Samsung UE65JS9500 Review

Sections

Pros

  • Incredible HDR picture quality
  • Tizen OS is slick and helpful
  • Upgradable connectivity and processors

Cons

  • It's not cheap
  • Native UHD and especially HDR content in short supply
  • The curve won't suit everyone

Key Specifications

  • Review Price: £5999.99
  • 65-inch LCD TV with direct LED lighting and local dimming
  • Native UHD/4K resolution
  • High Dynamic Range playback
  • Nanocrystal (Quantum Dot) colour technology
  • Tizen-based Smart TV engine

What is the Samsung UE65JS9500?

It’s become pretty much
customary now for Samsung to try and set the TV pace every year by being
first to market with its new flagship TV. And the Korean company has
thrown everything at the 65-inch Super UHD UE65JS9500 – it has HDR (high dynamic range) playback, native 4K/UHD resolution, a Nanocrystal colour system, a curved screen and the new Tizen Smart TV system.

The
pace it sets is so extreme that we’re hearing reports of grown cheetahs
crying. Let’s see if it ends up a winner or if it outpaces itself…

SEE ALSO: What is 4K/UHD?

Samsung UE65JS9500 – Design and Features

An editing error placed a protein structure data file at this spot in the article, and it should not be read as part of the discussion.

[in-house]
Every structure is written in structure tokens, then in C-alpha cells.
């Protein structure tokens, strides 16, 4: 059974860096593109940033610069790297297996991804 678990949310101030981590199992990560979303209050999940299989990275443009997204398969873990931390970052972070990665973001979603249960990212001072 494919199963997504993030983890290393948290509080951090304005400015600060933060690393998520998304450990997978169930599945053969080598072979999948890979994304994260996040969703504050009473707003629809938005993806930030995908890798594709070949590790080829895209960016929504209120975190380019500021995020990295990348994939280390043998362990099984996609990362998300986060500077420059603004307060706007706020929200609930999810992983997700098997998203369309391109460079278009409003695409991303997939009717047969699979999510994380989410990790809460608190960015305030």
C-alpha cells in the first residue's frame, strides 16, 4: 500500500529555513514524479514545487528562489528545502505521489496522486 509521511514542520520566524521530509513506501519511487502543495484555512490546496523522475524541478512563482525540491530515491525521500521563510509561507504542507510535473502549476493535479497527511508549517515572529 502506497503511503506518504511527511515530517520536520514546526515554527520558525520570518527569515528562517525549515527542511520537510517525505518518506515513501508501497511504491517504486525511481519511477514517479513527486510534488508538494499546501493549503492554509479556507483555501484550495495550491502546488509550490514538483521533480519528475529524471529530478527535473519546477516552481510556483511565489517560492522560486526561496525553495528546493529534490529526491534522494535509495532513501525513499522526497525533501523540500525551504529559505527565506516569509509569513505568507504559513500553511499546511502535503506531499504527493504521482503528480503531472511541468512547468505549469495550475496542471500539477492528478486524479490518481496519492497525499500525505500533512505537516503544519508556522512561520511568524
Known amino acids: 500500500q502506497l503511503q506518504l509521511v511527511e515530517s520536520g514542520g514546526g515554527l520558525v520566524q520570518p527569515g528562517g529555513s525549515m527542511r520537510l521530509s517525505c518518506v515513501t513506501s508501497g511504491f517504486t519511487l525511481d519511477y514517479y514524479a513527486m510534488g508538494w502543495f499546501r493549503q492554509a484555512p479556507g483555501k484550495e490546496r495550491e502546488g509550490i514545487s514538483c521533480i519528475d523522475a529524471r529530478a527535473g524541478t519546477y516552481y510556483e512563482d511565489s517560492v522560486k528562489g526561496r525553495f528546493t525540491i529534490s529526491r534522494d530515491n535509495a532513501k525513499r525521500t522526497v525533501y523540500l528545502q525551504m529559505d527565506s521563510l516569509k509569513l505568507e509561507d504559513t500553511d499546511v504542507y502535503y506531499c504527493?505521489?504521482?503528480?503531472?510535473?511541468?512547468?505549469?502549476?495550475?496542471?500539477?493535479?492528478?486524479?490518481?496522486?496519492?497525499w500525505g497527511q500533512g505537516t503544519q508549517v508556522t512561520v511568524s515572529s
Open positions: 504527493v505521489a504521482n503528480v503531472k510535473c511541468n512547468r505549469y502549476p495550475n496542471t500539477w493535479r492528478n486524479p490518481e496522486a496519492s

Aesthetically
the UE65JS9500 is a bold move in a number of ways. Particularly
striking is the way it consciously bucks the trend for ultra-thinness.
The rear is the chunkiest we’ve seen from a premium Samsung TV in years,
with its central portion even approaching the depth of last year’s
hefty Sony wedge TVs.

Samsung UA65JS9500

You
don’t notice this depth when you’re watching from the front, though, so
while the chamfered metallic bezel is also slightly wider than those
wrapped around many of today’s screens, you certainly can’t accuse of it
taking over an unreasonable amount of your living room.

The
bezel is keener than most modern examples to make its presence felt,
though. As well as boasting that gleaming metallic finish, it stands
some distance proud of the screen at its edges and angles back towards
the display. This creates quite a severe, angular effect in stark
contrast to both the gentle curvature of the screen and the boomerang
shape of the physics-defying silver stand.

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The main issue with
the design is that the angled bezel can distractingly catch any strong
light sources in your room – especially if you have ceiling lights.
Plus, of course, some people will not like the fact that the
UE65JS9500’s screen is curved…

We’re not going to get into all the pros and cons of curved screens here, as we’ve done it all before in a separate feature.
But you should know that if you want the highest level of picture
performance from a Samsung TV this year, you’ll need to get the
UE65JS9500, curves and all. There’s not going to be a flat equivalent.
Though if it helps we can say right away that one of the biggest
problems with curved TVs – distorted onscreen reflections – is certainly